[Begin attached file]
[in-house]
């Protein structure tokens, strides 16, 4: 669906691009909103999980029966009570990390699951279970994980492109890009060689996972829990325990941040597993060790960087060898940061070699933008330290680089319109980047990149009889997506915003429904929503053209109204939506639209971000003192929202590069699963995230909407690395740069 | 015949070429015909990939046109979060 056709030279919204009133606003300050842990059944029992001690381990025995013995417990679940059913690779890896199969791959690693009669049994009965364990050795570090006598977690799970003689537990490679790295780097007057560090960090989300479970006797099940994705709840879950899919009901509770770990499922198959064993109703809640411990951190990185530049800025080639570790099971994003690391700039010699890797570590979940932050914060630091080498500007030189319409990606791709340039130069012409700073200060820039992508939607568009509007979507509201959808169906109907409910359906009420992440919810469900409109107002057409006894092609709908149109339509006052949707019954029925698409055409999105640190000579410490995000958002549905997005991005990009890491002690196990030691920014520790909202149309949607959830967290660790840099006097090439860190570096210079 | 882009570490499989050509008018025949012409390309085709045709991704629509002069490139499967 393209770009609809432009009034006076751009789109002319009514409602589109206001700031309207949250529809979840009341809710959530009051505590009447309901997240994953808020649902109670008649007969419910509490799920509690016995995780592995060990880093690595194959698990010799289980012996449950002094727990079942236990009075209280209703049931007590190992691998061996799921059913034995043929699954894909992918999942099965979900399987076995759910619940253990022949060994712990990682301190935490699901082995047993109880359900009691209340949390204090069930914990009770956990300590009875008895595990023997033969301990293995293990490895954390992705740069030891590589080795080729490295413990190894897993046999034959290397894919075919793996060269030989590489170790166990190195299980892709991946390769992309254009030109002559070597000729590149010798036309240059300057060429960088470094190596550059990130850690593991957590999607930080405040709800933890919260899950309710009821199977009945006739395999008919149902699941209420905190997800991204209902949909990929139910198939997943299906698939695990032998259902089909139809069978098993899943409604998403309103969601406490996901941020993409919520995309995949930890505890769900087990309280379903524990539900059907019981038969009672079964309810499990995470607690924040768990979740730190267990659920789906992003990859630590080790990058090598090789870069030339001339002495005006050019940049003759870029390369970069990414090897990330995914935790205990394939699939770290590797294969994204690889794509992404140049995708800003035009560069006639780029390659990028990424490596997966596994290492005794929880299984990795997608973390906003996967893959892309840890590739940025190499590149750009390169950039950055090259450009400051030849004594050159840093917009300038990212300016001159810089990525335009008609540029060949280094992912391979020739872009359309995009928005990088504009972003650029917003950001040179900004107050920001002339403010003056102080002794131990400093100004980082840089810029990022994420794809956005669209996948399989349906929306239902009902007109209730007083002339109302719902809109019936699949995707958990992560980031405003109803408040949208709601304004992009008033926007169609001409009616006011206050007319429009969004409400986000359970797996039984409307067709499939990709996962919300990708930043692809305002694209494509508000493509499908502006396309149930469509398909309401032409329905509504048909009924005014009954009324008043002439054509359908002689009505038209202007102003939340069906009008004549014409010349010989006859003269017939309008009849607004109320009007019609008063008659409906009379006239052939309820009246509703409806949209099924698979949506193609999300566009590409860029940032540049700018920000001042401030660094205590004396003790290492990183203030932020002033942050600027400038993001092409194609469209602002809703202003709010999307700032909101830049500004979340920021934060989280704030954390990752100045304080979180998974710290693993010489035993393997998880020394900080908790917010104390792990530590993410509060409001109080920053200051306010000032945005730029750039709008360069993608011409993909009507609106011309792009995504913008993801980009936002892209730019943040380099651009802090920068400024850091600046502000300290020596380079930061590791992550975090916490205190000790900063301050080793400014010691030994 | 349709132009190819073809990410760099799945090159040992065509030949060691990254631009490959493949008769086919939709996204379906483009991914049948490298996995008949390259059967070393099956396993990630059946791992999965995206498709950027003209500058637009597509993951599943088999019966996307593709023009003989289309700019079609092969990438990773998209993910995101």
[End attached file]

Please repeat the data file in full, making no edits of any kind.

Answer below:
[in-house]
């Protein structure tokens, strides 16, 4: 669906691009909103999980029966009570990390699951279970994980492109890009060689996972829990325990941040597993060790960087060898940061070699933008330290680089319109980047990149009889997506915003429904929503053209109204939506639209971000003192929202590069699963995230909407690395740069 | 015949070429015909990939046109979060 056709030279919204009133606003300050842990059944029992001690381990025995013995417990679940059913690779890896199969791959690693009669049994009965364990050795570090006598977690799970003689537990490679790295780097007057560090960090989300479970006797099940994705709840879950899919009901509770770990499922198959064993109703809640411990951190990185530049800025080639570790099971994003690391700039010699890797570590979940932050914060630091080498500007030189319409990606791709340039130069012409700073200060820039992508939607568009509007979507509201959808169906109907409910359906009420992440919810469900409109107002057409006894092609709908149109339509006052949707019954029925698409055409999105640190000579410490995000958002549905997005991005990009890491002690196990030691920014520790909202149309949607959830967290660790840099006097090439860190570096210079 | 882009570490499989050509008018025949012409390309085709045709991704629509002069490139499967 393209770009609809432009009034006076751009789109002319009514409602589109206001700031309207949250529809979840009341809710959530009051505590009447309901997240994953808020649902109670008649007969419910509490799920509690016995995780592995060990880093690595194959698990010799289980012996449950002094727990079942236990009075209280209703049931007590190992691998061996799921059913034995043929699954894909992918999942099965979900399987076995759910619940253990022949060994712990990682301190935490699901082995047993109880359900009691209340949390204090069930914990009770956990300590009875008895595990023997033969301990293995293990490895954390992705740069030891590589080795080729490295413990190894897993046999034959290397894919075919793996060269030989590489170790166990190195299980892709991946390769992309254009030109002559070597000729590149010798036309240059300057060429960088470094190596550059990130850690593991957590999607930080405040709800933890919260899950309710009821199977009945006739395999008919149902699941209420905190997800991204209902949909990929139910198939997943299906698939695990032998259902089909139809069978098993899943409604998403309103969601406490996901941020993409919520995309995949930890505890769900087990309280379903524990539900059907019981038969009672079964309810499990995470607690924040768990979740730190267990659920789906992003990859630590080790990058090598090789870069030339001339002495005006050019940049003759870029390369970069990414090897990330995914935790205990394939699939770290590797294969994204690889794509992404140049995708800003035009560069006639780029390659990028990424490596997966596994290492005794929880299984990795997608973390906003996967893959892309840890590739940025190499590149750009390169950039950055090259450009400051030849004594050159840093917009300038990212300016001159810089990525335009008609540029060949280094992912391979020739872009359309995009928005990088504009972003650029917003950001040179900004107050920001002339403010003056102080002794131990400093100004980082840089810029990022994420794809956005669209996948399989349906929306239902009902007109209730007083002339109302719902809109019936699949995707958990992560980031405003109803408040949208709601304004992009008033926007169609001409009616006011206050007319429009969004409400986000359970797996039984409307067709499939990709996962919300990708930043692809305002694209494509508000493509499908502006396309149930469509398909309401032409329905509504048909009924005014009954009324008043002439054509359908002689009505038209202007102003939340069906009008004549014409010349010989006859003269017939309008009849607004109320009007019609008063008659409906009379006239052939309820009246509703409806949209099924698979949506193609999300566009590409860029940032540049700018920000001042401030660094205590004396003790290492990183203030932020002033942050600027400038993001092409194609469209602002809703202003709010999307700032909101830049500004979340920021934060989280704030954390990752100045304080979180998974710290693993010489035993393997998880020394900080908790917010104390792990530590993410509060409001109080920053200051306010000032945005730029750039709008360069993608011409993909009507609106011309792009995504913008993801980009936002892209730019943040380099651009802090920068400024850091600046502000300290020596380079930061590791992550975090916490205190000790900063301050080793400014010691030994 | 349709132009190819073809990410760099799945090159040992065509030949060691990254631009490959493949008769086919939709996204379906483009991914049948490298996995008949390259059967070393099956396993990630059946791992999965995206498709950027003209500058637009597509993951599943088999019966996307593709023009003989289309700019079609092969990438990773998209993910995101």